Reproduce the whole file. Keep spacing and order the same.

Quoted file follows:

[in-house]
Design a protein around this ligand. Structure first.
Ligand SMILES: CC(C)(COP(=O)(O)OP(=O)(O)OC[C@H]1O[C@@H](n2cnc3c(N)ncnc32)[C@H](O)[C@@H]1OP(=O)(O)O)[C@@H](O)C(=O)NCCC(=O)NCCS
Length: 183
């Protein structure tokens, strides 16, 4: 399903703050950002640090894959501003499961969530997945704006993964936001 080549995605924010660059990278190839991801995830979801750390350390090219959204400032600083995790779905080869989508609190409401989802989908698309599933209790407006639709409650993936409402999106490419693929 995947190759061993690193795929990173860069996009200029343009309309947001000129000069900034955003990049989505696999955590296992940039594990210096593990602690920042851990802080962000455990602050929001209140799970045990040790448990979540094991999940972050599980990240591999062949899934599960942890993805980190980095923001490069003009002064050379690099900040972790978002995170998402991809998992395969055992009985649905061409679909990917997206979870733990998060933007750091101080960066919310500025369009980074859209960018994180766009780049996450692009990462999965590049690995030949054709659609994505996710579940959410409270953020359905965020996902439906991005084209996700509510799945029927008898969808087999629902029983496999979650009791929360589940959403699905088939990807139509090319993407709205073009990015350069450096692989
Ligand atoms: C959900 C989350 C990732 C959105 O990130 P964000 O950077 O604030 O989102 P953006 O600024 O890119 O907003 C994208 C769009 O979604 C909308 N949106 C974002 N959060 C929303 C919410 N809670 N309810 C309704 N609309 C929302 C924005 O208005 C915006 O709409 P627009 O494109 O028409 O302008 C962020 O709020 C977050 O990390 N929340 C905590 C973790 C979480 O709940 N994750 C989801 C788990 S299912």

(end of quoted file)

[in-house]
Design a protein around this ligand. Structure first.
Ligand SMILES: CC(C)(COP(=O)(O)OP(=O)(O)OC[C@H]1O[C@@H](n2cnc3c(N)ncnc32)[C@H](O)[C@@H]1OP(=O)(O)O)[C@@H](O)C(=O)NCCC(=O)NCCS
Length: 183
């Protein structure tokens, strides 16, 4: 399903703050950002640090894959501003499961969530997945704006993964936001 080549995605924010660059990278190839991801995830979801750390350390090219959204400032600083995790779905080869989508609190409401989802989908698309599933209790407006639709409650993936409402999106490419693929 995947190759061993690193795929990173860069996009200029343009309309947001000129000069900034955003990049989505696999955590296992940039594990210096593990602690920042851990802080962000455990602050929001209140799970045990040790448990979540094991999940972050599980990240591999062949899934599960942890993805980190980095923001490069003009002064050379690099900040972790978002995170998402991809998992395969055992009985649905061409679909990917997206979870733990998060933007750091101080960066919310500025369009980074859209960018994180766009780049996450692009990462999965590049690995030949054709659609994505996710579940959410409270953020359905965020996902439906991005084209996700509510799945029927008898969808087999629902029983496999979650009791929360589940959403699905088939990807139509090319993407709205073009990015350069450096692989
Ligand atoms: C959900 C989350 C990732 C959105 O990130 P964000 O950077 O604030 O989102 P953006 O600024 O890119 O907003 C994208 C769009 O979604 C909308 N949106 C974002 N959060 C929303 C919410 N809670 N309810 C309704 N609309 C929302 C924005 O208005 C915006 O709409 P627009 O494109 O028409 O302008 C962020 O709020 C977050 O990390 N929340 C905590 C973790 C979480 O709940 N994750 C989801 C788990 S299912």